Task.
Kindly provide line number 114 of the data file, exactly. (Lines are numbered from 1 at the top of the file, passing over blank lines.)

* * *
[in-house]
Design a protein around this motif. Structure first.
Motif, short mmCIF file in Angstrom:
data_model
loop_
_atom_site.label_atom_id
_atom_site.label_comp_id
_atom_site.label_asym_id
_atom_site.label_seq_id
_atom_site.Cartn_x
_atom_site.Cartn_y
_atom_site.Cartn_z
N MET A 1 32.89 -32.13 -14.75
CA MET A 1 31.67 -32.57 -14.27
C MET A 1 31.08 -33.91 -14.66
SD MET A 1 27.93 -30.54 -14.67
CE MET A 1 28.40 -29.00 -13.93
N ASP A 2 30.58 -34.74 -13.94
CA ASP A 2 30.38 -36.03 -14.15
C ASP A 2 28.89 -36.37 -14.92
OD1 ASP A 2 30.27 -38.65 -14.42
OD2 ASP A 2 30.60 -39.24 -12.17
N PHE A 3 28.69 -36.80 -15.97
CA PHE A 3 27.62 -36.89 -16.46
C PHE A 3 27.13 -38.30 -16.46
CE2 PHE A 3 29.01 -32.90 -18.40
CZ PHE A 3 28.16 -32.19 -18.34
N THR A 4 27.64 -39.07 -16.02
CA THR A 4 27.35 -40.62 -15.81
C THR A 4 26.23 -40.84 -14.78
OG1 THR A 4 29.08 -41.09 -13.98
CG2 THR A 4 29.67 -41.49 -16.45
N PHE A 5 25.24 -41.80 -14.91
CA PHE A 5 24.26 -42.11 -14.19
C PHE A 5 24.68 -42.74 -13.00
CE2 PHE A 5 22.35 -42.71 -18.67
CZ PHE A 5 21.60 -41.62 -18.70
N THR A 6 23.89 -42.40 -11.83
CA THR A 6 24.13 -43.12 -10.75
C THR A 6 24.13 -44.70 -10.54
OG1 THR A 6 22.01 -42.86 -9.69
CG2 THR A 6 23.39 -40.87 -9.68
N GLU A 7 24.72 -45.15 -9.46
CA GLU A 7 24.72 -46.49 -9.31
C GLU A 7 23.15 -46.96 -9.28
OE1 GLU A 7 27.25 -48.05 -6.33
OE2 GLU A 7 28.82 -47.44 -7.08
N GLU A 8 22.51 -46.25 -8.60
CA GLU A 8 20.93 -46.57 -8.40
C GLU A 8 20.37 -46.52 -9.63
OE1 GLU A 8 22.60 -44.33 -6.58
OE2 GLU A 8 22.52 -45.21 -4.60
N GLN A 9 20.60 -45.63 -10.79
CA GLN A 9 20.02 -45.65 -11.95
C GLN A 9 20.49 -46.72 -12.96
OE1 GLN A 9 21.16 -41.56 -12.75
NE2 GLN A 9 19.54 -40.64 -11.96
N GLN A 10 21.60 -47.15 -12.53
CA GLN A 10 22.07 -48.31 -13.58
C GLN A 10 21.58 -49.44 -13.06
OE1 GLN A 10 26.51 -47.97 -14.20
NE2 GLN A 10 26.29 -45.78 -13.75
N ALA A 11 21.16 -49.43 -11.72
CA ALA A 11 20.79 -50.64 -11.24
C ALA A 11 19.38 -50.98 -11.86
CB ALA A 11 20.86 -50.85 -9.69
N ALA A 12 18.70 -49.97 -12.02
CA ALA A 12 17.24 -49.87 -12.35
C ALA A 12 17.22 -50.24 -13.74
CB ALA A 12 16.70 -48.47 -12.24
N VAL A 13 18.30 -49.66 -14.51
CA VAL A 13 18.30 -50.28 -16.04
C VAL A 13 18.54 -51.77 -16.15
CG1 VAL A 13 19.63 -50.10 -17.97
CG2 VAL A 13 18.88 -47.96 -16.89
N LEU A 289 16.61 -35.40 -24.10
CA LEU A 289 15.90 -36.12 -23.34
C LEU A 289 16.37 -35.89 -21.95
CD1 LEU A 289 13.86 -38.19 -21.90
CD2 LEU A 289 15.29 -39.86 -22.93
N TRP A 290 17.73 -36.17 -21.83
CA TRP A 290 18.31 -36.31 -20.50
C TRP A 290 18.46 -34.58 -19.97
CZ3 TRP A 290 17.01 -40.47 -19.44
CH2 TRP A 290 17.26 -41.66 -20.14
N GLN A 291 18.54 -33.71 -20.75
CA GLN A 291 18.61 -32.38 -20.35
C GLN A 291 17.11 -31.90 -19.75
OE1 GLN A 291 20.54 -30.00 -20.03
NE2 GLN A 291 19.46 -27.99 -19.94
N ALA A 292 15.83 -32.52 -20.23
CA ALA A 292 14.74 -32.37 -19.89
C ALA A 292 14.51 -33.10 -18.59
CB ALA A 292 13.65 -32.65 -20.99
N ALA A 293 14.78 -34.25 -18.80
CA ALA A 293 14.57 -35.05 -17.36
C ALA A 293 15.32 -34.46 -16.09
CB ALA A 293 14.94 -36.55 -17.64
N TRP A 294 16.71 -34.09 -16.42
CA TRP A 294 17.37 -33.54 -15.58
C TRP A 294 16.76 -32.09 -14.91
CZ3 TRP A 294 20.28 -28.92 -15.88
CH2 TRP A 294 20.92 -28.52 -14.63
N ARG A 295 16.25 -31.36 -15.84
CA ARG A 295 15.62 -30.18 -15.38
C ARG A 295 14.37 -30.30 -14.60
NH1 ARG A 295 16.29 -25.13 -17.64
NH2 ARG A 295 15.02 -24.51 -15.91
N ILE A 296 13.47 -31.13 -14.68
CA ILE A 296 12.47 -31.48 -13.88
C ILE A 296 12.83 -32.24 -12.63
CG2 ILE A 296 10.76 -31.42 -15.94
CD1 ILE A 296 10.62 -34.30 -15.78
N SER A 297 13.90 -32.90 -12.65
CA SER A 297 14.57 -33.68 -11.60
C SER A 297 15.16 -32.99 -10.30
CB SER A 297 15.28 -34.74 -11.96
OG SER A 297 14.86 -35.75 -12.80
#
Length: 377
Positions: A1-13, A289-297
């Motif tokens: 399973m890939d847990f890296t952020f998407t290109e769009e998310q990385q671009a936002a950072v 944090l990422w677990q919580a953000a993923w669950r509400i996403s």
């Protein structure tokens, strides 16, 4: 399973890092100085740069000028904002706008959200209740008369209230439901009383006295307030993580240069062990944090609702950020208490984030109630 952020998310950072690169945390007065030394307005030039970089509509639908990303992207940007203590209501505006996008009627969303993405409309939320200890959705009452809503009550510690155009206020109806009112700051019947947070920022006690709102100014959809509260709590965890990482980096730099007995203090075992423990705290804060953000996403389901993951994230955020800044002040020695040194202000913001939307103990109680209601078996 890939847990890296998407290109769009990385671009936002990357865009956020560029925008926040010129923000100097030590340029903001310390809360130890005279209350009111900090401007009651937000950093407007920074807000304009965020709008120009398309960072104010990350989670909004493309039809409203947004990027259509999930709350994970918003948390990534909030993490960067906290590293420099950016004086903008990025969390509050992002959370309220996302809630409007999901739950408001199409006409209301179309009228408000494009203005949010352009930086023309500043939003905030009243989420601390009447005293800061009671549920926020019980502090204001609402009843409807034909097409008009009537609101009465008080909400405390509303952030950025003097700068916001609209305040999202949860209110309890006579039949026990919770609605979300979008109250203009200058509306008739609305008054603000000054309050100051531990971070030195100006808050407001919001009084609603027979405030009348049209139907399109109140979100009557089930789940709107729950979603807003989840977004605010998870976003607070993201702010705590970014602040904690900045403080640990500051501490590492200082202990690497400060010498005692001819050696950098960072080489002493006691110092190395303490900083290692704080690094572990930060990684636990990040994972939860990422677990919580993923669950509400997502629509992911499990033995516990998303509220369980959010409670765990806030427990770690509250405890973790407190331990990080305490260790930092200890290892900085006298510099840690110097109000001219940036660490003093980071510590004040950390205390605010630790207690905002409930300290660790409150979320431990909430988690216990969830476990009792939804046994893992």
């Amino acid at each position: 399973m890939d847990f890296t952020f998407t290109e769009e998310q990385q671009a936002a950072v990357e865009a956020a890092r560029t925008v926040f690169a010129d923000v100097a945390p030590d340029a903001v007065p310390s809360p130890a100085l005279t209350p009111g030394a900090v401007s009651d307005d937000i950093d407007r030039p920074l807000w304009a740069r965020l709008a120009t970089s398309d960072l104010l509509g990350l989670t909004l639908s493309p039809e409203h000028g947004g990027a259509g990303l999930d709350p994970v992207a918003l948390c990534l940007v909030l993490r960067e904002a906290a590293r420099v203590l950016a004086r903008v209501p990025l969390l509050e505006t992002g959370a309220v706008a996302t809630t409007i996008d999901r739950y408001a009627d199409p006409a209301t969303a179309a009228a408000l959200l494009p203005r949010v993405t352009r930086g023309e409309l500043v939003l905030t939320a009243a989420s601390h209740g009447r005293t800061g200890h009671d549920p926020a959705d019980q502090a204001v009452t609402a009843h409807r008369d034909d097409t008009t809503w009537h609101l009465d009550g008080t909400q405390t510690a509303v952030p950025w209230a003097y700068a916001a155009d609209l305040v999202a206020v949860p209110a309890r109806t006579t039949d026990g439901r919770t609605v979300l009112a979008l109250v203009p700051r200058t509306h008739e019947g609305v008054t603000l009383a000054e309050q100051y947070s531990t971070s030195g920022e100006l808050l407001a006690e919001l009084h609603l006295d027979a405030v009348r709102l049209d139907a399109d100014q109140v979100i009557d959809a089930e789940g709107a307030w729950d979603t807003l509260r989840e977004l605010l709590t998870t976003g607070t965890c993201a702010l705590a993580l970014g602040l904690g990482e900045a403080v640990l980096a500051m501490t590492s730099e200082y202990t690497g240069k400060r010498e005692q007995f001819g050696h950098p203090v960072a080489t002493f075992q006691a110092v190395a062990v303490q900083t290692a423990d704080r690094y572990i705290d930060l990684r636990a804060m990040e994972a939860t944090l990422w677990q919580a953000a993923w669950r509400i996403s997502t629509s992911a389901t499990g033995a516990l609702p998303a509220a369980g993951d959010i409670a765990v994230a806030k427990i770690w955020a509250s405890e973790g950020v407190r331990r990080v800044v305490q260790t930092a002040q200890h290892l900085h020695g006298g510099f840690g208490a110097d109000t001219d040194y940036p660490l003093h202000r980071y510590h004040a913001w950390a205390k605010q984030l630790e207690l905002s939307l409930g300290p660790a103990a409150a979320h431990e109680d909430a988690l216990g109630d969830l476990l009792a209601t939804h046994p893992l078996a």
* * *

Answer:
N SER A 297 13.90 -32.90 -12.65